The music of Mexico is the cry of a land whipsawed by change
Mexico City — Julio Estrada flips on the stereo among the packing crates in his Mexico City home, and a lone violin cries in a strange new musical language. It tells a tale of human suffering and desire.
Mr. Estrada - a slender man with dark, troubled eyes - is a Mexican composer. But he does not compose in Mexico.
''This country has a huge history of culture, one of the most vivid in the world,'' Estrada argues passionately. But he asserts that Mexican music has been reduced to ''depending on outside musicians'' to set its compositional standards. Now, he says, ''We need to create our own dreams.''
Right now, however, this country heaves and pulls under a burden that leaves little room for dreaming.
In the music of Mexican composers, you can hear the cry of a land whipsawed by modern economic travail and ancient social wrongs. And in the music world they inhabit, you can see a microcosm of almost everything that has gone wrong with the life of this diverse country.
Julio Estrada, for instance, composes and teaches in the United States, as he cannot find the technology in financially ravaged Mexico to develop his advanced theories - and because, he says, such ideas are not well received by Mexico's powerful musical oligarchy.
There are those who would dispute Estrada's view of himself as an artist-in-forced-exile. ''Julio likes to see himself as an exile,'' says Mario Lavista, a fellow composer. But few would disagree that Mexico no longer charts the independent musical course it once followed.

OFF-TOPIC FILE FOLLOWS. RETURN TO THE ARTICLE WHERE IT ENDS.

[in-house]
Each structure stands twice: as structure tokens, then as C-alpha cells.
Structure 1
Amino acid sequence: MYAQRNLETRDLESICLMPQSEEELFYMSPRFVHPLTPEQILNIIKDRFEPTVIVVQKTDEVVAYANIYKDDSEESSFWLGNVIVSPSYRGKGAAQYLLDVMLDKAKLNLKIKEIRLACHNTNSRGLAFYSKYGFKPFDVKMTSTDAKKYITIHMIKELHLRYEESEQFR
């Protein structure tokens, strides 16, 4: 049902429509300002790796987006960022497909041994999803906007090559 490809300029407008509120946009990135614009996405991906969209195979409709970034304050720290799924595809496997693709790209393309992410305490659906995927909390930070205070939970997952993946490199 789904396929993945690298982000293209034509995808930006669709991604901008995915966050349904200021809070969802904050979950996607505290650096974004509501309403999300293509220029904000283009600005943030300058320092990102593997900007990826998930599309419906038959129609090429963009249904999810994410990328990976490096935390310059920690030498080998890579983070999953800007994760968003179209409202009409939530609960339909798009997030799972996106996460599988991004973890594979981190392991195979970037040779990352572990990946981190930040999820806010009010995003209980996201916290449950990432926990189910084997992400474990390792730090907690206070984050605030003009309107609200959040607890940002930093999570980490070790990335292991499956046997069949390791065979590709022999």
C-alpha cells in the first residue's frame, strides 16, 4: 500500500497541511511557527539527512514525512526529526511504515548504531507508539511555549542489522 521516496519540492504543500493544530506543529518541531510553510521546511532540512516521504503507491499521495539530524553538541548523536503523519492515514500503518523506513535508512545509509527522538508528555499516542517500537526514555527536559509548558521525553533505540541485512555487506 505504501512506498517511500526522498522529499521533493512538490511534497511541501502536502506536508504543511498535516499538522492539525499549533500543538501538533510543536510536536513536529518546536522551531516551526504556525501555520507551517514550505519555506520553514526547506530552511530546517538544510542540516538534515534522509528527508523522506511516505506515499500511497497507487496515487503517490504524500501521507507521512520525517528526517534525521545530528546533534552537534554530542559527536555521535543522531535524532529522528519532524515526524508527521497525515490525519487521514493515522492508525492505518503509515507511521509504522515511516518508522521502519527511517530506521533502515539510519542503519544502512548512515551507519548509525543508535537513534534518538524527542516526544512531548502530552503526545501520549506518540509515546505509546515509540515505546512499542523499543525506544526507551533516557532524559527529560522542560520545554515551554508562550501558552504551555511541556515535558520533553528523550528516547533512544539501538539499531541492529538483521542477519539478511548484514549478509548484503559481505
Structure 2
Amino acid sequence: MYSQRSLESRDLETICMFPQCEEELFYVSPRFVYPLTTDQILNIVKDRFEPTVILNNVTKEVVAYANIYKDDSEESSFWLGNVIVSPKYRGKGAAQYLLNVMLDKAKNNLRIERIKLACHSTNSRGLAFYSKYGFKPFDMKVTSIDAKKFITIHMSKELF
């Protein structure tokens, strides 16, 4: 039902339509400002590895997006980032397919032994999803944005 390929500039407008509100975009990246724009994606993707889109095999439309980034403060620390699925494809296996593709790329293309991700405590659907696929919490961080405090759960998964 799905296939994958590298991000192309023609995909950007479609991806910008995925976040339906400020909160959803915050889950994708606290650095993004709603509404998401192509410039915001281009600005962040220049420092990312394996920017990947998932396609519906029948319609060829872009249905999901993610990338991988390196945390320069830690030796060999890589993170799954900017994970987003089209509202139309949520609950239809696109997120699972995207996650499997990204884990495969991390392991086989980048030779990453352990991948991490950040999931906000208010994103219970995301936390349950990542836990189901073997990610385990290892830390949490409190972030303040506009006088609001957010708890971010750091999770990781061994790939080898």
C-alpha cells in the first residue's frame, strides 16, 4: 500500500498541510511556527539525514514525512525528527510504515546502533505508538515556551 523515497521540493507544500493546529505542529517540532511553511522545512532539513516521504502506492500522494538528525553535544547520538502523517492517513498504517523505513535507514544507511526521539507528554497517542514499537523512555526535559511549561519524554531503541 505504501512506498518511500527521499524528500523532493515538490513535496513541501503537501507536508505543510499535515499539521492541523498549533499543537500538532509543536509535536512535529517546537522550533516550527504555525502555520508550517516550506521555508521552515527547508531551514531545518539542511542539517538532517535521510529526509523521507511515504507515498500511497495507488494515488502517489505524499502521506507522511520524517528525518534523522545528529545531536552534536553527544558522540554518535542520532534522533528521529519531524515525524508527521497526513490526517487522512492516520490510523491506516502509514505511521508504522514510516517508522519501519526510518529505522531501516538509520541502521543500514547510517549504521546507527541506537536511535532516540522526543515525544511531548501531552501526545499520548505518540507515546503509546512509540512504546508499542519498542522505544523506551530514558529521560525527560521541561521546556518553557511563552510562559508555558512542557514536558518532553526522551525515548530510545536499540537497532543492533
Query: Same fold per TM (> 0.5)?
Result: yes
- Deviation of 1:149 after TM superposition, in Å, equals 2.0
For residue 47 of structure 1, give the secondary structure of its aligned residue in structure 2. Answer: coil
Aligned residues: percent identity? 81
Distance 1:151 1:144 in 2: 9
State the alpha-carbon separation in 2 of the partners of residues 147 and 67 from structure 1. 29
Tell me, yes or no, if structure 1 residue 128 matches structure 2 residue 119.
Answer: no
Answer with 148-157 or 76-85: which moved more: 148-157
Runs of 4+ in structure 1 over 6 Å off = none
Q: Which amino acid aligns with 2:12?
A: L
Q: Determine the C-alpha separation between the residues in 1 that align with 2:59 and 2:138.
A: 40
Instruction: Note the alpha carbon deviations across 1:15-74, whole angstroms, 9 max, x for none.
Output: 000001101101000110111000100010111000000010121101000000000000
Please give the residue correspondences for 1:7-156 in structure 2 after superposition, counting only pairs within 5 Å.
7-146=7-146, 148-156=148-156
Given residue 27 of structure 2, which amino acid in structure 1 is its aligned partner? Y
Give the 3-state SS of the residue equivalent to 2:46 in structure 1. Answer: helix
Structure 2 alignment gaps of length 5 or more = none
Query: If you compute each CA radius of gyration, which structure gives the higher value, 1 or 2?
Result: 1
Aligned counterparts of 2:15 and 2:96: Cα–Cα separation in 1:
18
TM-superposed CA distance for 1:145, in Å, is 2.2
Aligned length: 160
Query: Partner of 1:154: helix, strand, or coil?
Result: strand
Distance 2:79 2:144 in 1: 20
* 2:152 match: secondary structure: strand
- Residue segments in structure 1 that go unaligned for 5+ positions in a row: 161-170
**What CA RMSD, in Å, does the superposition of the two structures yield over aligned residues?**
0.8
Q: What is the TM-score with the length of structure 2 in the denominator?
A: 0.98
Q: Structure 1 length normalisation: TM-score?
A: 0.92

As long ago as the 1910 post-Mexican Revolution era, composer Carlos Chavez forged a Mexican idiom and a musical life to nourish it. The onrushing change that poured out of the revolution bore Chavez - as it did the poets, thinkers, and painters of Mexico - pell-mell into the heart of the nation's confrontation with the future. Chavez, and such contemporaries as Silvestre Revueltas, helped create a Mexican appetite for contemporary music that survives to this day.
By third-world standards, Mexico still has a thriving symphonic and chamber-music life. But there is little to sing about in the outlook for the country's musical culture. The reason: The compositional mainstream here has been both supported and strangled by what many feel is a hidebound cultural bureaucracy.
With the nationalization of the banks in September of 1982, the last independent source of funding for cultural enterprises disappeared. Mexican composers and musicians now work for the state, or they work for no one.
Until the collapse of world oil prices in '82, the flood of Mexican oil expectations fueled a boom in orchestra building, helped in large part by former President Jose Lopez Portillo's wife, Carmen Romano. But there was more enthusiasm than planning behind this expansion.
''At one point, we had more orchestras than musicians,'' quips Manuel Enriquez, the country's leading composer. ''We had to bring in European players. And we had to bring up students from the schools before they were ready.''
Composers here despair of raising the level of performance in these ensembles. ''We are a poor country now,'' Mario Lavista laments.